A short review of PRE*

PRE* opening night (Monday 23rd April) was hugely successful with a heavy footfall that (in the pouring rain) paid tribute to the promotional efforts in the lead up to the event.  Although the evening did not host much group discussion, the one-to-one type conversations between visitors and artists alike set the tone for the communication driven events of the coming days.  Elisa Heikkila and Carol Sowden’s participatory installations were particularly engaging exploring audience contributions/responses to bodies of work broadening the scope of experimentation and feedback.  The informal discussion was rich with quality criticism and interesting ideas triggered by the various displays/installations and became a valuable element of the programme’s process.
 Common room (Tuesday 24th April) offered a second opportunity for a public exhibition opening with the addition of the consistent input from fellow third year degree students.  The atmosphere was lively and vibrant as the accessible nature of the ‘Enjoy’ art space encouraged the flow of people and interaction, with some featured artists taking the work from the space out into the street attracting much intrigue and positive reaction from passers by.  One visitor to the exhibition said:

“I’ve never been to an exhibition before and I don’t understand why people sit at home watching TV where everything is told to you, when you can come to an art exhibition and you can look at a piece and not necessarily understand it but you can look at it all day and find your own interpretation.” (Hell Boy. PRE* day 2)

Following the process theme, the exhibition space transformed as developments and reflection followed the opening night.  Discussion groups (Wednesday 25th April) instigated much debate that often swayed from the proposed subject matter, however the relevance of the tangents reinforced the evident connection between individual practices and the PRE*/POST* proposal.  Tutorials were relocated to the exhibition space and took place within the central seating area so that the critical discussion and tutor input became a background conversation to the wider communal studio atmosphere.  One of the biggest developments taken from the experience of PRE* in its entirety has been the strength of the studio culture derived from the unsegregated space, allowing a visual conversation between both work and processes, that has begun to describe the underpinning narrative between the Interdisciplinary year of 2012 artist collective.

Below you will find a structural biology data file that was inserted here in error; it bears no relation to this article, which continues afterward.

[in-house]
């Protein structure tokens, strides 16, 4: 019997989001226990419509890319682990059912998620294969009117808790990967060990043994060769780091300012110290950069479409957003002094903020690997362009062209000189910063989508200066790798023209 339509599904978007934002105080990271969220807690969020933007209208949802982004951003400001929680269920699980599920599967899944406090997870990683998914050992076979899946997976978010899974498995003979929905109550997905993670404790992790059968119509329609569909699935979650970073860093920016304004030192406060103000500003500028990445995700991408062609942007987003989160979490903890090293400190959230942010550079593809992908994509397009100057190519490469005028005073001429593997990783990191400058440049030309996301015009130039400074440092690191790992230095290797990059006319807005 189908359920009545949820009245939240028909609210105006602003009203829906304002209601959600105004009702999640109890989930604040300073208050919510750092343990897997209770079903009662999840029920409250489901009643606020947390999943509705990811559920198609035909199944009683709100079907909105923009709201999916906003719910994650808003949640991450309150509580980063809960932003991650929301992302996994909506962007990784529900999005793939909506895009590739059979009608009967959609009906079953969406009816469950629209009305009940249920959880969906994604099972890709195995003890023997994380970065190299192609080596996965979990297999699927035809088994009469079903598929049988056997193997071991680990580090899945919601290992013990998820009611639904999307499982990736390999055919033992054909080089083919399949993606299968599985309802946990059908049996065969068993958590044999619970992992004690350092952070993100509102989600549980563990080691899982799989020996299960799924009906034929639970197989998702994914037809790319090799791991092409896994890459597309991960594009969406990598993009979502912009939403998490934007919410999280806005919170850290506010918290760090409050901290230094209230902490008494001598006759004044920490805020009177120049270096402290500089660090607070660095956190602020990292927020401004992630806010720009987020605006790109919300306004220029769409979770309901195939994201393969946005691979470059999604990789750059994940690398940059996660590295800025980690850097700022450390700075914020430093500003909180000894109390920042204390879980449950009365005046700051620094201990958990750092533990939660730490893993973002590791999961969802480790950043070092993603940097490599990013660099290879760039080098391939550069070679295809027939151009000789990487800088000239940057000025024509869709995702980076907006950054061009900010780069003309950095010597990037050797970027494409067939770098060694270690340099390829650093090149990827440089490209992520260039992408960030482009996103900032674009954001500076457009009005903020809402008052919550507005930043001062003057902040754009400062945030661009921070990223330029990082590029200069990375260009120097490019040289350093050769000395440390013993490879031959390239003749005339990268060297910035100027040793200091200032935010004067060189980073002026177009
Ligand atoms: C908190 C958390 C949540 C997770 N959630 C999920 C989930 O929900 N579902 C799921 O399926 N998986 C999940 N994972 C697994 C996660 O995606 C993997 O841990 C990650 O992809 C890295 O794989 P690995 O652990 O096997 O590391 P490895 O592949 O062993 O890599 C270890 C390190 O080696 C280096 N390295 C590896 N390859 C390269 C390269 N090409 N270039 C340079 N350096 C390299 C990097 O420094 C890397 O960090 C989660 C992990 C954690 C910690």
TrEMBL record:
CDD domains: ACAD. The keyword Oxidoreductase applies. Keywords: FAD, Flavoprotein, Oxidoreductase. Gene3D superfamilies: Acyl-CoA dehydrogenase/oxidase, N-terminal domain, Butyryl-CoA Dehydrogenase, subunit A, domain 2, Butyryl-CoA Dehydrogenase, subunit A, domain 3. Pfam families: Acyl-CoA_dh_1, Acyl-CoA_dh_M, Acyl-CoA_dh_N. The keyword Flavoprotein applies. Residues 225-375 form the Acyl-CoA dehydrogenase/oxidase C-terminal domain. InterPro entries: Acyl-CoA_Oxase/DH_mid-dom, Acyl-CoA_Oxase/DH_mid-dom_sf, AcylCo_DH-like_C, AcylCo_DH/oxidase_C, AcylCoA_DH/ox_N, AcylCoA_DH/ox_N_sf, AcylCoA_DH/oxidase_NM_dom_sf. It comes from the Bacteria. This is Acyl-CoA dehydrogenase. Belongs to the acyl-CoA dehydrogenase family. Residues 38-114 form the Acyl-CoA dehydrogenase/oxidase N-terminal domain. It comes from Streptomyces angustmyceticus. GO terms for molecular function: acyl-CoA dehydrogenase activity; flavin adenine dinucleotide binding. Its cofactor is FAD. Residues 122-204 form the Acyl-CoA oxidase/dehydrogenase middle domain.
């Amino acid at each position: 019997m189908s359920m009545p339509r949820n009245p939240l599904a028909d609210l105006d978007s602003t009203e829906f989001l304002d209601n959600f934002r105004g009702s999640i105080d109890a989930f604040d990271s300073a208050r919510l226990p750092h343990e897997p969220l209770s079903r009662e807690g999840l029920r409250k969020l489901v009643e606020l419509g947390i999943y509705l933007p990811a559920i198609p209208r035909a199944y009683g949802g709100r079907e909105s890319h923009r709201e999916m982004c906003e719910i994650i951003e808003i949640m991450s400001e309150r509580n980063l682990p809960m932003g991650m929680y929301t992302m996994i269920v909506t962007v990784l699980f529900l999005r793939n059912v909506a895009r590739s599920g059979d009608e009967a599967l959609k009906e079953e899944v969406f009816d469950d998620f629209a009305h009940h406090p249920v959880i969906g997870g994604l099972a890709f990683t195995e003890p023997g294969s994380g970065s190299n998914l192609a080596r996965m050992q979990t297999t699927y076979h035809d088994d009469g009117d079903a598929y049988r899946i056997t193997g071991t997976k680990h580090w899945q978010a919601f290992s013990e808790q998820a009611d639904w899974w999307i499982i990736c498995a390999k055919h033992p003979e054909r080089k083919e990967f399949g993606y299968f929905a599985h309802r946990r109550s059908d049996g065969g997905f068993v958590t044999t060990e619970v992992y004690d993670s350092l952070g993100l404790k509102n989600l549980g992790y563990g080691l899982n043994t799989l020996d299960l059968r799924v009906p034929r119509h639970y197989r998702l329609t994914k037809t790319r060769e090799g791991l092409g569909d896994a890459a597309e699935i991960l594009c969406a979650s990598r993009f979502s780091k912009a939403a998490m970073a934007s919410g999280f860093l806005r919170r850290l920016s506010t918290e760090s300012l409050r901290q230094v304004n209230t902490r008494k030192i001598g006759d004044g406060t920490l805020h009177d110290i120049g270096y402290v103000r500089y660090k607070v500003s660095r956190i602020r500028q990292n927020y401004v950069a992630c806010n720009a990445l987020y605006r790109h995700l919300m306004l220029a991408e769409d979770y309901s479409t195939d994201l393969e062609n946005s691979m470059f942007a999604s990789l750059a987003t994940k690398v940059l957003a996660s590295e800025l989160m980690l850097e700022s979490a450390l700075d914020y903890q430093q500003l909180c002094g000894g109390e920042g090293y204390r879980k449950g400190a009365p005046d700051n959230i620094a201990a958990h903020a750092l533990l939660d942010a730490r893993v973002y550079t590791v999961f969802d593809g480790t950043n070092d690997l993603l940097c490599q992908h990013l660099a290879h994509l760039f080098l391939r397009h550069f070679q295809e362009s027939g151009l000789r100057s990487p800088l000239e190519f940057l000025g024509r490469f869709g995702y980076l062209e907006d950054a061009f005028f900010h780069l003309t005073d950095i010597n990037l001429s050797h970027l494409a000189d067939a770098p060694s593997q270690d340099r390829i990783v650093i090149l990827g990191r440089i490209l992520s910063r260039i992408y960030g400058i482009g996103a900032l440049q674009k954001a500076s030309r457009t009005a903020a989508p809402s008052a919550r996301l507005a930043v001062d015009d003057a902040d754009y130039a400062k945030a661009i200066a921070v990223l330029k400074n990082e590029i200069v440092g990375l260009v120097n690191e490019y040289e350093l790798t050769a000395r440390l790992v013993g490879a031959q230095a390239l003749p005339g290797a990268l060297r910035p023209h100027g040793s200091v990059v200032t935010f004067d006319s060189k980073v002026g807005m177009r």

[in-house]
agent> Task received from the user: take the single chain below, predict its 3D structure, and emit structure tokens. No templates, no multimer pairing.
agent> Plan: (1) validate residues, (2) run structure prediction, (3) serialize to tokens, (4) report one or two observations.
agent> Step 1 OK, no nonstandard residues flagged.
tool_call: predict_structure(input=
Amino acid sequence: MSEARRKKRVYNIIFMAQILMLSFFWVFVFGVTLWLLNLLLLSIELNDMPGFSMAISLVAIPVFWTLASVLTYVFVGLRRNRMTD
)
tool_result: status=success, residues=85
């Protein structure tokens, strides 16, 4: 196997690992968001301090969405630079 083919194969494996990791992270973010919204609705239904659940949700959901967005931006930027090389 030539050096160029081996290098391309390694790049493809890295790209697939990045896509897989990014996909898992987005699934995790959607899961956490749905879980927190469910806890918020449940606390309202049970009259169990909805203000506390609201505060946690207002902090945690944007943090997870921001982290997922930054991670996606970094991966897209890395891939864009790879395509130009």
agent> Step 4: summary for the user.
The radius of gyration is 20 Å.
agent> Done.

By April Suzanne Comer



Work in progress event
PRE* is a programme of exhibitions, live artwork and discussions that divulge and examine the supporting actions and processes, both physical and mental, involved in creative activity. Making public the ongoing decisions that form a body of work will offer an alternative to the showcase of completed projects, putting the participant in the heart of the creative journey.


Joanna Geldard ‘Blueprints’

'Blueprints' Exhibition at Deda/Derby 29th March – 30th April

'We live our daily lives in a constant exchange with the set of daily appearances surrounding us – often they are very familiar, sometimes they are unexpected and new, but always they confirm us in our lives. They do so even when they are threatening: the sight of a house burning, for example, or a man approaching us with a knife between his teeth, still reminds us (ungently) of our life and its importance. What we habitually see confirms us…. Yet it can happen, suddenly, unexpectedly, and most frequently in the half-light of glimpses, that we catch sight of another visible order which intersects with ours and has nothing to do with it.’

John Berger, 1996, The Russian Way Interstices, Opus 21

Blueprints establishes the staring into the everyday, it focuses on the point of the body in space and it attempts to still and quiet the body whilst acutely aware of sensation. These Blueprints, ‘half light glimpses’ of the everyday body in space; between place and space. The reduction of line is used to create a graphic scoring of the body in space. It is this scoring that establishes the blueprint by which to create large scale pieces of work. The graphic line is an attempt to complete a notation of the body in space at once universal and absurd. Two singular concerns arise in this scoring; that of movement and that of sound, yet the line by its very nature stills this and fixes it as notation. For this reason the connection with the musicians’ tradition of graphic scoring is demonstrated within the images as the body recognises pulsation and resonance as both movement and sound in space. Thus the body is merely shadow that reverberates as energy in space underscored by a line.' Joanna Geldard

Link to Blueprint publication